Waterman’s Family Farm faces most challenging year in memory

Data pix.

INDIANAPOLIS, Ind. — The recent heavy rainfall is a challenge for farmers across the state of Indiana, but one family farm is struggling more than most.

Waterman’s Family Farm Farm on the southeast side of Indianapolis lost its leader, Bruce Waterman, in December. He was the owner and the most knowledgeable person on the farm.

“Doing this without Bruce has been very difficult,” said Bruce's wife of 50 years, Carol Waterman. “He was a good farmer. He knew what he was doing. I have some farm background and a little bit of experience, but there’s so much I don’t know.”

She’s hoping knowledgeable people in the community can help. The farm put a call out for weed picking volunteers during strawberry season.

“And one person showed up,” said Carol.

William Eland is a faithful Waterman's customer. He said had he known, he would have been there to help.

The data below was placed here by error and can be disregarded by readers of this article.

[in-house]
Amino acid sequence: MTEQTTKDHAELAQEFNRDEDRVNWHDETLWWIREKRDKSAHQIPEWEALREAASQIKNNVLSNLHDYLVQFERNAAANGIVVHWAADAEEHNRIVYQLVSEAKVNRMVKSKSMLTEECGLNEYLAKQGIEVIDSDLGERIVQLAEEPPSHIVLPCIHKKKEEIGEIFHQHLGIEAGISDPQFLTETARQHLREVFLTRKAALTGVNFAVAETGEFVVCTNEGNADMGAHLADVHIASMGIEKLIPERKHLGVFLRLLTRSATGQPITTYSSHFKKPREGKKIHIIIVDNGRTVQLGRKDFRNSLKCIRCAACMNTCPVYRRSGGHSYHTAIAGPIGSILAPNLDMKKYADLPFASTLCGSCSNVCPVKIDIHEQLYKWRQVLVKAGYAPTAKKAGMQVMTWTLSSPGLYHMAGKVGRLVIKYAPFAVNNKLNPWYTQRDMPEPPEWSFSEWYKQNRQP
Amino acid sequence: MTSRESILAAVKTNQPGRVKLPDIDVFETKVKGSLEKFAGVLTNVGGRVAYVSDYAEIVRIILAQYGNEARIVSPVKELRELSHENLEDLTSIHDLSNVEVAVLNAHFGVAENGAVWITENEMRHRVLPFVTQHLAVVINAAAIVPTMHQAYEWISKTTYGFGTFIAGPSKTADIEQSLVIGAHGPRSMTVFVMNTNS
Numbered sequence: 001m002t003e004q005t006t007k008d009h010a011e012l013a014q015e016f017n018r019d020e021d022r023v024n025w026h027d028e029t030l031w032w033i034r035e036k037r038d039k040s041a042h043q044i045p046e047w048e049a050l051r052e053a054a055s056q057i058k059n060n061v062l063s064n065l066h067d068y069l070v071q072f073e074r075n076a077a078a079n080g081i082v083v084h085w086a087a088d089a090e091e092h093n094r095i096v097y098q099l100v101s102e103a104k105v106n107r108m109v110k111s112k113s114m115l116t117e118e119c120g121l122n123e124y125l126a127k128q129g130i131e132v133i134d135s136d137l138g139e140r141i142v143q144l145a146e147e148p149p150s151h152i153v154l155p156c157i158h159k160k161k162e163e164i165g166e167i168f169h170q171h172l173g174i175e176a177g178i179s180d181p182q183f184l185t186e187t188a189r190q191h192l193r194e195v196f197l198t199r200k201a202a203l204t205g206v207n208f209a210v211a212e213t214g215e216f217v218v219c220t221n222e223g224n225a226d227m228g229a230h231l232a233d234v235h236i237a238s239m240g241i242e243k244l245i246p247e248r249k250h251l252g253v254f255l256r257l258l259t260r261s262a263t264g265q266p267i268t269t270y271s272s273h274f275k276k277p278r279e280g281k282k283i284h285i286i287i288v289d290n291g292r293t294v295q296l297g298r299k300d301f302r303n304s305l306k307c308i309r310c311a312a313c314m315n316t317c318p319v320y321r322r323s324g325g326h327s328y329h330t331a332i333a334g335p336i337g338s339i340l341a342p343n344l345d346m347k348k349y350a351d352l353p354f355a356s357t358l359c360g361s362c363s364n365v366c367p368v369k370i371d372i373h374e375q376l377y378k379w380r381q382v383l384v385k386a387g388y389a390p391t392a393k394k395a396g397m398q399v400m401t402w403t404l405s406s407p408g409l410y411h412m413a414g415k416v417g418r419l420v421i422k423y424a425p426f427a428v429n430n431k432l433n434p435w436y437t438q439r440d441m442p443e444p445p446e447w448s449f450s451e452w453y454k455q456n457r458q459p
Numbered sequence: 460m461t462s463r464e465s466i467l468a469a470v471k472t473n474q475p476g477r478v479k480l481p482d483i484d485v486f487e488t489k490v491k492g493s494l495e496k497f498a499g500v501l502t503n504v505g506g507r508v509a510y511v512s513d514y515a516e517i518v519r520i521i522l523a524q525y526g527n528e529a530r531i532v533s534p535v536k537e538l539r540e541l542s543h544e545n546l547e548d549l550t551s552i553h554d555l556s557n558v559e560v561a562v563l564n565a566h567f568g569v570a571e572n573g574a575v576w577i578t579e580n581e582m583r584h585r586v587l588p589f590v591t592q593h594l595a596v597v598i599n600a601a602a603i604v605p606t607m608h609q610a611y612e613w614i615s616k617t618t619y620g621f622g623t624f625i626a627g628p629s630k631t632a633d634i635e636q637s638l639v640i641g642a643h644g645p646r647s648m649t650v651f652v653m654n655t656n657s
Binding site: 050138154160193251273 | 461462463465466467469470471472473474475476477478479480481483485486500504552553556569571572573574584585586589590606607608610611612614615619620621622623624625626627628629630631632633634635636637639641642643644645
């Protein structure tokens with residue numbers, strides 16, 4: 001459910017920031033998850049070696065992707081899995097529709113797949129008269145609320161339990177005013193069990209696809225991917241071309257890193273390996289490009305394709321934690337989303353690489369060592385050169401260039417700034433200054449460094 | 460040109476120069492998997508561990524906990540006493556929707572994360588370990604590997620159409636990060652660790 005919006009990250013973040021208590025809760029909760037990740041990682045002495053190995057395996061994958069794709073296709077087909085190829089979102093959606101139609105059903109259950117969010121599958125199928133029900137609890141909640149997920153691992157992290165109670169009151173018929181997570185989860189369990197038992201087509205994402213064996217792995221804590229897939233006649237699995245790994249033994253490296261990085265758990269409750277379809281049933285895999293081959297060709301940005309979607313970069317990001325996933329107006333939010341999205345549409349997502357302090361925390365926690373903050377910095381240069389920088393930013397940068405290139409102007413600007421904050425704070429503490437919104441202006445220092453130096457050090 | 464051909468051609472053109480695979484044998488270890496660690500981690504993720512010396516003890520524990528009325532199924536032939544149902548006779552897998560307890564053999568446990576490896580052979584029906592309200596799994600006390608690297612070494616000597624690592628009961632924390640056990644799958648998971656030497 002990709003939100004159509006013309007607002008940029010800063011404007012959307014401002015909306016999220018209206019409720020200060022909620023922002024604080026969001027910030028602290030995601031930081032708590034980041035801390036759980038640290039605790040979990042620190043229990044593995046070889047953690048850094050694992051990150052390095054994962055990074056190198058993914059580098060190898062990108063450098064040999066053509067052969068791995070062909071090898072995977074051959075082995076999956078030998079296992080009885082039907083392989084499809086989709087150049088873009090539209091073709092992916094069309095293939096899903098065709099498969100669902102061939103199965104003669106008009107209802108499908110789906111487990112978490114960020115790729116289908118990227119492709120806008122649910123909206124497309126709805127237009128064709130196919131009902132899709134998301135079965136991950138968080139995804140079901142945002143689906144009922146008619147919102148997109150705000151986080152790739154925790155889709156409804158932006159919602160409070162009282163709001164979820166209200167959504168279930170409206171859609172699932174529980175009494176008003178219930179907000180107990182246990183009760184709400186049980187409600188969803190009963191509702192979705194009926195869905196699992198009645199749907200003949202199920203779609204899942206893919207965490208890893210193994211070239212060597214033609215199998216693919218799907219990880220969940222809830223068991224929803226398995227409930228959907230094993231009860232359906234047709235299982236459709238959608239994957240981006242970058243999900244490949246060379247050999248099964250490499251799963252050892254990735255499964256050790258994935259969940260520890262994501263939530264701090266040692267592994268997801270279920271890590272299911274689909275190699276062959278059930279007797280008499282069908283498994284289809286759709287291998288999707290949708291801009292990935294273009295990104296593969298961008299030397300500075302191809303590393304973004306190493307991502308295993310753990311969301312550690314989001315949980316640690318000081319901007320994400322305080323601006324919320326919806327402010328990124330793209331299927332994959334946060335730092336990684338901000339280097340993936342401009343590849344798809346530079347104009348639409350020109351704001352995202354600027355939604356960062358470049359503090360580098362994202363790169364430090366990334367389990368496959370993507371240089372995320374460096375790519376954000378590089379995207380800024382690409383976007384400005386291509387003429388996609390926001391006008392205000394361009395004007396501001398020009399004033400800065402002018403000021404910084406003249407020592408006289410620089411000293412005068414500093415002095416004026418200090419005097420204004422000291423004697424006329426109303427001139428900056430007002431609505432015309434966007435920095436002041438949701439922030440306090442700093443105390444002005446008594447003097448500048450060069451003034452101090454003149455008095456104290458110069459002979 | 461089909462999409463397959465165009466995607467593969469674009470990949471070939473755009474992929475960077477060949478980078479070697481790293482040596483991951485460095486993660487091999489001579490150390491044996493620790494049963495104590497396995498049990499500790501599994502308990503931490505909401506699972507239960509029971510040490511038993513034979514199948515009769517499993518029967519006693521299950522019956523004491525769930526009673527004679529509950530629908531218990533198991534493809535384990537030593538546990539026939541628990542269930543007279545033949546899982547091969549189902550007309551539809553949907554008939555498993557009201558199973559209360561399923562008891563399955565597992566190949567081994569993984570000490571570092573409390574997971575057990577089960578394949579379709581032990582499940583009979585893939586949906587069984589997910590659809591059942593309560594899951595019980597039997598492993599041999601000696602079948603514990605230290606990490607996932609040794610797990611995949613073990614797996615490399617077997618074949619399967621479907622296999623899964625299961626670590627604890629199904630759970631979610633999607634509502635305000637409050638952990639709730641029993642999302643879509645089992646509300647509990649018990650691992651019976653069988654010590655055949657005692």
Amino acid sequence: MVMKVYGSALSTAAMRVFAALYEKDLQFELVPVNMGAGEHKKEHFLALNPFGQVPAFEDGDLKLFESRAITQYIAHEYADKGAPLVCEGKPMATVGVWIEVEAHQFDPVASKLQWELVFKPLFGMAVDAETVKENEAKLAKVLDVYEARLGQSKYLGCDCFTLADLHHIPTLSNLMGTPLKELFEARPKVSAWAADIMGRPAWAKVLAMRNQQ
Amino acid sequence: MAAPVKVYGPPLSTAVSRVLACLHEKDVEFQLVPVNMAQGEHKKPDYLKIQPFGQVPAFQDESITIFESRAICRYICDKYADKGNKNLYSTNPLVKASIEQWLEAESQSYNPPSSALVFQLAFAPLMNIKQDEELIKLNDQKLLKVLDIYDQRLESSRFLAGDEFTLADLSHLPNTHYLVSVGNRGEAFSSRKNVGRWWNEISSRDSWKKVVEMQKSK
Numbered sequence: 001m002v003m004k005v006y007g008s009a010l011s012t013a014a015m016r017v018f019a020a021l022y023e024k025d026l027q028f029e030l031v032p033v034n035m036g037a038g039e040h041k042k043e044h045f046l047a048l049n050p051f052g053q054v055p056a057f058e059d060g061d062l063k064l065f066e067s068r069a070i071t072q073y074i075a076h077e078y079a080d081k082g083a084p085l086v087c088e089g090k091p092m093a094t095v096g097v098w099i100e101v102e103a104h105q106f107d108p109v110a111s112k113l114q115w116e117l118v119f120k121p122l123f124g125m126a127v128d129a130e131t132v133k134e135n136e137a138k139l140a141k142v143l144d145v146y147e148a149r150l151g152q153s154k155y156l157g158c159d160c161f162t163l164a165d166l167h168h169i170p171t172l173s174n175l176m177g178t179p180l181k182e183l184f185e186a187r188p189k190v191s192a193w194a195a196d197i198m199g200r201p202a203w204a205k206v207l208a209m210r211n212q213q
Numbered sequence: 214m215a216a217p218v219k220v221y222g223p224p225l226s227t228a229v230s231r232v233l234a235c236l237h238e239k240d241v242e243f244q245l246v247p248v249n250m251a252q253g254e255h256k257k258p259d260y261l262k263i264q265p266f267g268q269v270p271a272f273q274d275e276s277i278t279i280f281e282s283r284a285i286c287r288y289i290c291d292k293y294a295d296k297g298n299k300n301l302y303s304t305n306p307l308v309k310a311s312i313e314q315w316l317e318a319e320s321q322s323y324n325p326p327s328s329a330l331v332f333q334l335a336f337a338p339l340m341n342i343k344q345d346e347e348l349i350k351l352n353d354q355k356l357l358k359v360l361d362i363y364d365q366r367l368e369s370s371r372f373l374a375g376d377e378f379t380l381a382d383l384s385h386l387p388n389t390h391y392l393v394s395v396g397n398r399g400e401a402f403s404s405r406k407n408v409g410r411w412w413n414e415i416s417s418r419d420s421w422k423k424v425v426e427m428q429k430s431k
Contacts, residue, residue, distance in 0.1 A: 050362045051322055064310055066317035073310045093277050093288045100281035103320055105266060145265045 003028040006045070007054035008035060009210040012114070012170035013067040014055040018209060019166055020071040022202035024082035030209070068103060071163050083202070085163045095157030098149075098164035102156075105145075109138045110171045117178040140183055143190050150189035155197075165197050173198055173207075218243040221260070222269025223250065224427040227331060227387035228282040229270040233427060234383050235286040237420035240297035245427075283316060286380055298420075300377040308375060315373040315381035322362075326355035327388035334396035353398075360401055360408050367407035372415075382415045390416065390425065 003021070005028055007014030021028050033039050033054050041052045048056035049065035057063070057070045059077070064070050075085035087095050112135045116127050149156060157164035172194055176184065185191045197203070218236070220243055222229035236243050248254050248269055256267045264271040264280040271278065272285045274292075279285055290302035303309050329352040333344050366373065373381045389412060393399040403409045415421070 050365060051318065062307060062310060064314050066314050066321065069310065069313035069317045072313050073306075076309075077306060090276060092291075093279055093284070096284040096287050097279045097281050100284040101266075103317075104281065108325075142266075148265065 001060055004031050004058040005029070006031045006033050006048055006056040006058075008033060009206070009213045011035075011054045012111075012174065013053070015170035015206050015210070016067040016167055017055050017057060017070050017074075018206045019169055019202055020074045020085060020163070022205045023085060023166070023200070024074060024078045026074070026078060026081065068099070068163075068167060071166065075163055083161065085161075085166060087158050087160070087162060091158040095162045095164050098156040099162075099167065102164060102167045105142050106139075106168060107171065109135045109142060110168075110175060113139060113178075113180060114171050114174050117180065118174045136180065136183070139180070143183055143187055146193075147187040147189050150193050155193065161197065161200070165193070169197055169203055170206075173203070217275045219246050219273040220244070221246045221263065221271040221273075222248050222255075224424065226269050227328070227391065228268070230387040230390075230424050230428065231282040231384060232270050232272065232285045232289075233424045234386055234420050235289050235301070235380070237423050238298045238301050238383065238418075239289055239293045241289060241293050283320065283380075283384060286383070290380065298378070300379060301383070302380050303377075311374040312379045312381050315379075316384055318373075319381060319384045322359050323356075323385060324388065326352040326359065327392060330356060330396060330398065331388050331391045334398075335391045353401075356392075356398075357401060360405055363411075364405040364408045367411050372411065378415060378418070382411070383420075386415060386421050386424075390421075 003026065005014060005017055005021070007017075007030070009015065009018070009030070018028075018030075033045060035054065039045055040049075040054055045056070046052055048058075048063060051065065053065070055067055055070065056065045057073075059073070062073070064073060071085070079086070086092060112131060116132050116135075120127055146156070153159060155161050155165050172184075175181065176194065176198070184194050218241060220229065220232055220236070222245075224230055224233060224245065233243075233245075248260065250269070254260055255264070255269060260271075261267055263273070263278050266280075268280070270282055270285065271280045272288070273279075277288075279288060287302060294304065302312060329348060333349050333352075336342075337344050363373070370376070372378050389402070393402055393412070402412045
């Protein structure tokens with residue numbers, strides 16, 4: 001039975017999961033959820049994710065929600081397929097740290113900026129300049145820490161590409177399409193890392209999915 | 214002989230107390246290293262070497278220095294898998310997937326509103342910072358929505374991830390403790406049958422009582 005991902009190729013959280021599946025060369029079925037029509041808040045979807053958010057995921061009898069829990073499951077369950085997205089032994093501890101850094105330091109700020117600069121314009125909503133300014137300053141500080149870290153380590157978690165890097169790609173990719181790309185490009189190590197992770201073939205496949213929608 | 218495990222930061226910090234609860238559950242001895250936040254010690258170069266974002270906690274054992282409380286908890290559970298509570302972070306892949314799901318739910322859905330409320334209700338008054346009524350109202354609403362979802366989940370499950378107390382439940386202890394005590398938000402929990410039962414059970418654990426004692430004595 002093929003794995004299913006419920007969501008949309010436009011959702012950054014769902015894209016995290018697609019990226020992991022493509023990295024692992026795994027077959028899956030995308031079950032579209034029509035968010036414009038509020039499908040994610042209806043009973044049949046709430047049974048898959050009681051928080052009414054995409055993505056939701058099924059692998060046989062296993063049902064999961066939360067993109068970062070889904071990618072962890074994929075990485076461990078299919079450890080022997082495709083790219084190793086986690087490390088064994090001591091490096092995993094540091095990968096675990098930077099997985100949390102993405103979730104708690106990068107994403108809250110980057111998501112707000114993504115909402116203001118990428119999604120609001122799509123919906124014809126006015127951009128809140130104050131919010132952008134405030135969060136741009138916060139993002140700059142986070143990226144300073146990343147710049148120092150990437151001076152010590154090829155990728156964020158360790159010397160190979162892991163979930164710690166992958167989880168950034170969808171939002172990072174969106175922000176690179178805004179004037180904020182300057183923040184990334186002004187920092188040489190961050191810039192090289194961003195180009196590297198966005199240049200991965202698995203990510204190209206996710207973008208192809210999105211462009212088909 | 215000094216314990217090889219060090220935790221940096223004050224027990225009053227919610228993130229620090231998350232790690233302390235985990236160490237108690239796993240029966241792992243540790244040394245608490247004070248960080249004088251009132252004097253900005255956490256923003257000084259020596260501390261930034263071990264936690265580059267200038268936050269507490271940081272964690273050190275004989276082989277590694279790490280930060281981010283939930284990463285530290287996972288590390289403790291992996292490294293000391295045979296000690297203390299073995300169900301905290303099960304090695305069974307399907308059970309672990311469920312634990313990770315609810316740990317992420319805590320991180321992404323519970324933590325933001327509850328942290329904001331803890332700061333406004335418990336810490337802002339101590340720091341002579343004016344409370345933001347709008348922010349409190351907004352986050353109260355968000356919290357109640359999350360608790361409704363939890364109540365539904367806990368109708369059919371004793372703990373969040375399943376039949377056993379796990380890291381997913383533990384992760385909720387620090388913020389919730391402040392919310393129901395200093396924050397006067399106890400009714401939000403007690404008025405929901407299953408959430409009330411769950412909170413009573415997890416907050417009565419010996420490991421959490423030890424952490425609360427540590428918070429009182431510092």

“I’m sorry for the loss in the family, and I hope the rest of the family continues on with the tradition that they’ve had, and they’ve been here a long time, I know,” said Eland.

He came to Waterman's on Tuesday to buy fresh tomatoes. He said these fruits don't compare to anything you can buy in a grocery store.

“Nine out of 10 times, everyone is going to pick the Indiana tomato because you can sure tell the difference,” said Eland. “I hope things continue like they have been every year because we look forward to it every year.”

Carol said she and her family are trying.

“It has been, I think, the worst year in terms of the weather because I can’t remember experiencing where we just couldn’t get in for weeks and weeks and weeks on end,” said Carol.

Not only does heavy rain delay planting, it also creates problems for plant growth. The soil is so compact that seeds can't break through.

Waterman's has been open for 41 years, and Carol hopes it lives on much longer.

If you would like to offer farming advice or volunteer, email carol@watermansfamilyfarm.com.

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